Now that I’ve used a WP7 phone for a few weeks, I’m asking myself the same question: should I go back to my iPhone? After looking at the clean, ascetic visual language of WP7 for such a long time, iOS suddenly seems garish, overdone, and kind of ugly. Looking at iOS 4 feels like looking at a screenshot of a pinstriped Mac OS X Cheetah from 2001.5 So I really don’t particularly want to go back to that.

Two of the issues I had with the Palm Prē don’t apply to my WP7 phone: speed and screen size. WP7 runs great on my phone. Scrolling feels smooth in almost all cases,6 apps launch instantly. It’s usually about as responsive as my iPhone. And the screen isn’t small; in fact, it’s larger than the iPhone’s screen. It makes the iPhone’s screen look positively tiny in comparison.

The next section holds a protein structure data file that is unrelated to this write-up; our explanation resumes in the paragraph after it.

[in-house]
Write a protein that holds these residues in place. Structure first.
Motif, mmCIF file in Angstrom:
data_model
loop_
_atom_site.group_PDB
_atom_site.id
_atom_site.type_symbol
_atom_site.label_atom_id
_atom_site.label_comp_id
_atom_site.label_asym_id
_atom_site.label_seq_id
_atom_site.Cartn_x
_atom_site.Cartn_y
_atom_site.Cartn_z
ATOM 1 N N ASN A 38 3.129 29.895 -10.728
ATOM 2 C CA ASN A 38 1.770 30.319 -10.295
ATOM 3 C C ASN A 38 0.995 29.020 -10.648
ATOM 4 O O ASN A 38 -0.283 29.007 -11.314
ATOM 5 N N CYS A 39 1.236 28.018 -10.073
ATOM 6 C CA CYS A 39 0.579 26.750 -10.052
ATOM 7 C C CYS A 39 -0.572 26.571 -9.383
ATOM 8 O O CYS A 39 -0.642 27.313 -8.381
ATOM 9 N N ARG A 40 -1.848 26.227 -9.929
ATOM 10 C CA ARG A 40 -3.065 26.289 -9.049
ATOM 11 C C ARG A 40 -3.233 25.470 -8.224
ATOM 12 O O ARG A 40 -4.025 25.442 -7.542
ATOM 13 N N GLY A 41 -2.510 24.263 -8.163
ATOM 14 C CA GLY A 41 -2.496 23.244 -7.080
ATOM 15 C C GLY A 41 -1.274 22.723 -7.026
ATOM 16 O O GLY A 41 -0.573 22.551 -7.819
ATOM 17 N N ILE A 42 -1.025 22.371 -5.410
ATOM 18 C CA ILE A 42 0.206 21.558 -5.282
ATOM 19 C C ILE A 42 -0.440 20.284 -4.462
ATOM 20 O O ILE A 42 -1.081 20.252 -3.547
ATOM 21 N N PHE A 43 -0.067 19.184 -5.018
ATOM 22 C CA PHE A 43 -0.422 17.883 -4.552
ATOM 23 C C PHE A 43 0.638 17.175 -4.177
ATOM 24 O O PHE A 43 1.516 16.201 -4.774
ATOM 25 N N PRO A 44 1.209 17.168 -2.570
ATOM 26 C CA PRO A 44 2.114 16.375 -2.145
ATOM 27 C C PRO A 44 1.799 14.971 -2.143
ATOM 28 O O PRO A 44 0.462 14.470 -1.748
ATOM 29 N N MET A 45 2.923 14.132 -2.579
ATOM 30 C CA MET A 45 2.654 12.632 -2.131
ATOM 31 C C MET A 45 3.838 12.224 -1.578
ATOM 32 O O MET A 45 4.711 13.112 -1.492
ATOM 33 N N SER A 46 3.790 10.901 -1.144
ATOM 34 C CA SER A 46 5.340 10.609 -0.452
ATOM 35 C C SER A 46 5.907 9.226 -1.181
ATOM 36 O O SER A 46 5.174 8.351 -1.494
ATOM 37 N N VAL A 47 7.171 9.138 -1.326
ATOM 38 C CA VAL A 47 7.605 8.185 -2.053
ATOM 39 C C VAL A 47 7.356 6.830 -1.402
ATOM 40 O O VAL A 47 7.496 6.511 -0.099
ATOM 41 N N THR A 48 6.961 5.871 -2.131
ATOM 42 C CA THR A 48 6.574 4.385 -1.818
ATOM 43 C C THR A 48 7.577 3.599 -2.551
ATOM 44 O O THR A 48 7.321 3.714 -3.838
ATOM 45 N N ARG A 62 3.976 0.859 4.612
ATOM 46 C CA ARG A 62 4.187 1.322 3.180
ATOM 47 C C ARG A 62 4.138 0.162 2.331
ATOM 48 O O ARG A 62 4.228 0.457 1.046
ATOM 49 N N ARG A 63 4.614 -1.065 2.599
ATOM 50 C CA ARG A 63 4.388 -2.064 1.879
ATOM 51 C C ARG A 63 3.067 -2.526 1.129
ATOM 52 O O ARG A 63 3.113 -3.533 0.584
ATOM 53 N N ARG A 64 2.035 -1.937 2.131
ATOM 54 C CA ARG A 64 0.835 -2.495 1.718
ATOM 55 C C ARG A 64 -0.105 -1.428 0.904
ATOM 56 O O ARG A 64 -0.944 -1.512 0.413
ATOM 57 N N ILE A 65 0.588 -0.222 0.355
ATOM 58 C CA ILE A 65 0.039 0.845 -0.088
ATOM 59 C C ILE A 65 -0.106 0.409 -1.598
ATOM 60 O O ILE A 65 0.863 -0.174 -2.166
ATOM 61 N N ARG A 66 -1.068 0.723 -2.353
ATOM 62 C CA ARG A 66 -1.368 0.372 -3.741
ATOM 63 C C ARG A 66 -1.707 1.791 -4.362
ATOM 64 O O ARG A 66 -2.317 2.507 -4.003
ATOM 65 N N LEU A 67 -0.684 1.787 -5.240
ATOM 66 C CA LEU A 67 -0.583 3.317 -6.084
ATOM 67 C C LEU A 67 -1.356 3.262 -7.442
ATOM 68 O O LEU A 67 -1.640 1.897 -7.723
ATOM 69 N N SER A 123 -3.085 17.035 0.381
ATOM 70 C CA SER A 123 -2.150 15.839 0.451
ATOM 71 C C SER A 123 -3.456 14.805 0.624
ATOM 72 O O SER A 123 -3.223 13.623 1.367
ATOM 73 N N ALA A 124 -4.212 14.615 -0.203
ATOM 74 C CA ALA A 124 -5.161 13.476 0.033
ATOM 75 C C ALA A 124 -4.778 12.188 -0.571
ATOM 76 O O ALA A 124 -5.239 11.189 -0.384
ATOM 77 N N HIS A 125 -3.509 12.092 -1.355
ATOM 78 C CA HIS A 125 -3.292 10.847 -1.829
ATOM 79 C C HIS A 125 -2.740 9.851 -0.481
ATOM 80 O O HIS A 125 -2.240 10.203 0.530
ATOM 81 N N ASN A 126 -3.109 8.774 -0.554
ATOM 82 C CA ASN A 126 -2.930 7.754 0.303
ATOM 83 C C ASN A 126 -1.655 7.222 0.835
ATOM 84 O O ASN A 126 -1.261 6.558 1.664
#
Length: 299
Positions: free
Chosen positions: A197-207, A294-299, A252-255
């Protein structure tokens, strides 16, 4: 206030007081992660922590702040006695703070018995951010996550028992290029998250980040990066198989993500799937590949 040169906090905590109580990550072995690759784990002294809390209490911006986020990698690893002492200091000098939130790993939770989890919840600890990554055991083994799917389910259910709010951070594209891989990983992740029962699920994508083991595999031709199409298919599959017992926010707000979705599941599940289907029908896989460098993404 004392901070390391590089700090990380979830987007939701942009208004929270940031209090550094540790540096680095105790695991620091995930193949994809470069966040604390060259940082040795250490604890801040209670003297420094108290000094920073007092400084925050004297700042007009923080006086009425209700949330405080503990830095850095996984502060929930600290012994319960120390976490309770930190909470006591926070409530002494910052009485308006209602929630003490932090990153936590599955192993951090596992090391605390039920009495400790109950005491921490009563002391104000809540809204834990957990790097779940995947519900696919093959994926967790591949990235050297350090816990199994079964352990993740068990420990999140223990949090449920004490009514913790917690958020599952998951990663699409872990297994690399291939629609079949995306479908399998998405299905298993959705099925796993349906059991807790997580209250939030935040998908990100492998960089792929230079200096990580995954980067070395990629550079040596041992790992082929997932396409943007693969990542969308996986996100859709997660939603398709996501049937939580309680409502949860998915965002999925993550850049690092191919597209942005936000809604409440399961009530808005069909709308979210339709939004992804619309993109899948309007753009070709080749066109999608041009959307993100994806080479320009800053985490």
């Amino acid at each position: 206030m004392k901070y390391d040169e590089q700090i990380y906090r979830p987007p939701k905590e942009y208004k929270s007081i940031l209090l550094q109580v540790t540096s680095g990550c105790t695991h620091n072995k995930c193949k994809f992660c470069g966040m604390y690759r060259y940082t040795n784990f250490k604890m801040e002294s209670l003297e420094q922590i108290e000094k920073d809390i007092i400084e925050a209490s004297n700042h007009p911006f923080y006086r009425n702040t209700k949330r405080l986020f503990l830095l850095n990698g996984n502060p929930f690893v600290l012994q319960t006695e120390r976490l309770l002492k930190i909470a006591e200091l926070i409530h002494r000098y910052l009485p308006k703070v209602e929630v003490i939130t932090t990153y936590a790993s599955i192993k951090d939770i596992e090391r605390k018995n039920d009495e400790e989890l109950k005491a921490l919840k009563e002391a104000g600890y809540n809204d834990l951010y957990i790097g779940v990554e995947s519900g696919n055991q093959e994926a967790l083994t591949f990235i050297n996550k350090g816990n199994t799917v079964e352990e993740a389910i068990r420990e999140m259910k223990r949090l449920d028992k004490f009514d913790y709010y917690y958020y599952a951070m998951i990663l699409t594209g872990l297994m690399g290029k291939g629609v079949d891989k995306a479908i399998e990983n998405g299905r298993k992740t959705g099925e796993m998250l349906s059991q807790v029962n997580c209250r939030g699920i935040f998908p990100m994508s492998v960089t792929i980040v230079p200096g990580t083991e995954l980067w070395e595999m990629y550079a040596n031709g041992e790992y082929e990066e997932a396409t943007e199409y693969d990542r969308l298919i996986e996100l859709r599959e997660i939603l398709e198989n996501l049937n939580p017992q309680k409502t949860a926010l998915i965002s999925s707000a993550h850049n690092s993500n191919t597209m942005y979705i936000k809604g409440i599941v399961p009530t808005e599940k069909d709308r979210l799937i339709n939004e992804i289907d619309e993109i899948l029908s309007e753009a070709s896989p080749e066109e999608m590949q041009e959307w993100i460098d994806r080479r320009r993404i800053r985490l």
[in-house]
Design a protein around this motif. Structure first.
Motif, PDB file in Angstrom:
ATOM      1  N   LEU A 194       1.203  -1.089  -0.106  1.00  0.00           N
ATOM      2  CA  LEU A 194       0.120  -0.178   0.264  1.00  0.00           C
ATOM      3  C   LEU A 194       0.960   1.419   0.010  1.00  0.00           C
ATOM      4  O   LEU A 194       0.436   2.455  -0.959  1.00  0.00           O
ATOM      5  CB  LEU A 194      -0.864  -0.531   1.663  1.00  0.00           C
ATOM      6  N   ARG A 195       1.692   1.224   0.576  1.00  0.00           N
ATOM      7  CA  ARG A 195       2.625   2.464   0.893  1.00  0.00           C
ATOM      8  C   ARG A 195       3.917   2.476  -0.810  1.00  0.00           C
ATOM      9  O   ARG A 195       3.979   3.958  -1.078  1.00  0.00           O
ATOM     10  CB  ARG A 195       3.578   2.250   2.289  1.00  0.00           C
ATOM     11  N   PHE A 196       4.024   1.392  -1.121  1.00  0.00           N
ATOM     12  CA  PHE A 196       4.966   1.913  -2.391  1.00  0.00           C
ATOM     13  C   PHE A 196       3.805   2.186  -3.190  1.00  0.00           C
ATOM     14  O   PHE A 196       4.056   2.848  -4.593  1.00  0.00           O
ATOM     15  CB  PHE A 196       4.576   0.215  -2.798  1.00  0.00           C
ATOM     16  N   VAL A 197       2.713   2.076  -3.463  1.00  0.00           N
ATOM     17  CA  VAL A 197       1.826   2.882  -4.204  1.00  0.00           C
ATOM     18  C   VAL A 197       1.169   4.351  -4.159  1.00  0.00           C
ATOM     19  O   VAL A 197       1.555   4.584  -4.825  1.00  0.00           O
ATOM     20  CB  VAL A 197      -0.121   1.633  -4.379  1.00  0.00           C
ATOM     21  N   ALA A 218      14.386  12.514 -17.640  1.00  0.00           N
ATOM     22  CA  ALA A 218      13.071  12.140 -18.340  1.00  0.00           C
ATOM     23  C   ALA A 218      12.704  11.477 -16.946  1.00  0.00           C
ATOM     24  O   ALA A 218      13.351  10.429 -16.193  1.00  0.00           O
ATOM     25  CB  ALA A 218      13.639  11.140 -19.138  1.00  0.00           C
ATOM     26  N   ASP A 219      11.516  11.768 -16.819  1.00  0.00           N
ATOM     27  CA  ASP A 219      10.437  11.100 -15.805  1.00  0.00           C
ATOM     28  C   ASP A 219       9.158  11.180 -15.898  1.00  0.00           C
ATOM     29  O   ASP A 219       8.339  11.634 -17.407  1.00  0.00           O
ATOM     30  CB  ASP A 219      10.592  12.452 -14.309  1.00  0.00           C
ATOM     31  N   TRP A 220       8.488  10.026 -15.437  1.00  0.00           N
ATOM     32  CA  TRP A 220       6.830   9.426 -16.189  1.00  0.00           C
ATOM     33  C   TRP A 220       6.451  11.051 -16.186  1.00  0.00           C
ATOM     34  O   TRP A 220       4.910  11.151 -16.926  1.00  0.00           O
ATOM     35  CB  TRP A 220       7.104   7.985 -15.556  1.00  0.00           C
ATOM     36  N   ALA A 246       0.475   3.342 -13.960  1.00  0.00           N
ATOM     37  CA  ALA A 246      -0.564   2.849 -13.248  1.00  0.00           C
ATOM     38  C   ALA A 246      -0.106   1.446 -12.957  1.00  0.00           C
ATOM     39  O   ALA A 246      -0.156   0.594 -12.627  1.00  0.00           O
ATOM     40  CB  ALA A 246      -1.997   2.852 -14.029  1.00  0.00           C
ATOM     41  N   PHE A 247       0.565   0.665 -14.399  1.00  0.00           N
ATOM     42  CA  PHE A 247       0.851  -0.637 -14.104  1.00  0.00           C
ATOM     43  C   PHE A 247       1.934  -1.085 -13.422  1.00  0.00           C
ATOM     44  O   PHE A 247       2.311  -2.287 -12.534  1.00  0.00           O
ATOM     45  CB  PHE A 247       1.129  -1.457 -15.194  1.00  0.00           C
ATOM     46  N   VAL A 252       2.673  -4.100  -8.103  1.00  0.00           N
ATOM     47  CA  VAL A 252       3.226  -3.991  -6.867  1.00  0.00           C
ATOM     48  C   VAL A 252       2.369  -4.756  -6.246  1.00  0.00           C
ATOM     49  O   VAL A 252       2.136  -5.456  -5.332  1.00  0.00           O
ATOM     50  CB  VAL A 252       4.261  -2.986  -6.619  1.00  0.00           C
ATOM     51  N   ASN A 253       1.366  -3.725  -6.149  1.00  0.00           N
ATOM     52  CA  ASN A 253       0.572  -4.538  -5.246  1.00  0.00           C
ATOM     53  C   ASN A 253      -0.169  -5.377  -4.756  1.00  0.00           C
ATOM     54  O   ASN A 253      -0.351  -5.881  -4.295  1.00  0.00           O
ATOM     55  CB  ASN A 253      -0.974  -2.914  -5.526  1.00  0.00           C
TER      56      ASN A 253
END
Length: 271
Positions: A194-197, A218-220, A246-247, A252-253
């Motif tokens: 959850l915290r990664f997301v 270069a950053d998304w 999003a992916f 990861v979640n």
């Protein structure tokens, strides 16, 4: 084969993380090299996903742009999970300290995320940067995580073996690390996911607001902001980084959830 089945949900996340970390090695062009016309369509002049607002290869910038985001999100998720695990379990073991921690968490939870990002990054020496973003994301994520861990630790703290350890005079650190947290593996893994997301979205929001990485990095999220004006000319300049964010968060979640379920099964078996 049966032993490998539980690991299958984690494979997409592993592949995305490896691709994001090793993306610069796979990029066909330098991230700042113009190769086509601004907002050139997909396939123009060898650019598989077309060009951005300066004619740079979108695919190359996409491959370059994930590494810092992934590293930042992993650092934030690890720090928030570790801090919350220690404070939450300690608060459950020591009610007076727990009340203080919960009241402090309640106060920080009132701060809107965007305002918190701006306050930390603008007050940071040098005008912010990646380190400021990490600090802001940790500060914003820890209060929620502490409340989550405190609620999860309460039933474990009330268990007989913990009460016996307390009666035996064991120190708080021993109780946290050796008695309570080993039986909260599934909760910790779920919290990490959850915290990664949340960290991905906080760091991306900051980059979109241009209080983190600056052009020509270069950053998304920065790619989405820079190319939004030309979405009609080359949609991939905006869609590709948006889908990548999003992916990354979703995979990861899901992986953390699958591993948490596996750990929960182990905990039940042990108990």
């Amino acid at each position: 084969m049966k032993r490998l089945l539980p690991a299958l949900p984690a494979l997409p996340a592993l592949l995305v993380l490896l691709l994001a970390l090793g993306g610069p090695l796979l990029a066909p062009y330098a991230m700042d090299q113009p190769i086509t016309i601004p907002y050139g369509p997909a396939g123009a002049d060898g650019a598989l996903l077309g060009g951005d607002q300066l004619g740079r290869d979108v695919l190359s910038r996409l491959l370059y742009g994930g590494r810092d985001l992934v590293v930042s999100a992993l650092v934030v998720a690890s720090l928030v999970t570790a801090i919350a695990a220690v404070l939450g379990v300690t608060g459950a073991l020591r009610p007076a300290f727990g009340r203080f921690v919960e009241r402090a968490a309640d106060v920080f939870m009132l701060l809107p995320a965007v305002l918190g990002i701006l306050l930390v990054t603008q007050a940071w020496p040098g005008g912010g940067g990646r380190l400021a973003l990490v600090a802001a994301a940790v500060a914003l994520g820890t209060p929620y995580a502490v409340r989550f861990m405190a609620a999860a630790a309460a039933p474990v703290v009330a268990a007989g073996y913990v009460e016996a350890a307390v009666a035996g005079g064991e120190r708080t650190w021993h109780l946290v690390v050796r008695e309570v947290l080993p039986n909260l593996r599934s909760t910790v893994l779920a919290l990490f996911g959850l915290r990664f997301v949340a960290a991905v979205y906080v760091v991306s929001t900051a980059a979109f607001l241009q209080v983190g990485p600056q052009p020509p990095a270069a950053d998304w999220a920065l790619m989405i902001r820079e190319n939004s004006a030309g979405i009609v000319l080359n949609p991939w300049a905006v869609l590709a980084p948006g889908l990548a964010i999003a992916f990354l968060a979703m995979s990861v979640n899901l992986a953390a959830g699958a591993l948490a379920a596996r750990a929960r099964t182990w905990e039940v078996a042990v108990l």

But there’s still the ecosystem issue.

WP7 is doing quite well when it comes to games. It’s not surprising; many Xbox titles have companion titles on WP7. But for other things, it doesn’t look too great. There’s no timetable app for the Swiss train system. The timetable website works on WP7’s Internet Explorer, but not well. There’s no Audible app. One might be coming at some point, but there’s no official word from Audible. There’s no good podcast downloading app. There’s no really great Instapaper app. Soulver, Tweetbot, Kinetic, TaskPaper, Screens, Prompt: none of these apps exist for WP7.7

Some of these issues will eventually be fixed. The next WP7 update, Mango, may introduce native support for downloading podcasts directly. And Audible will probably do a WP7 app sooner or later. But right now, these things don’t exist.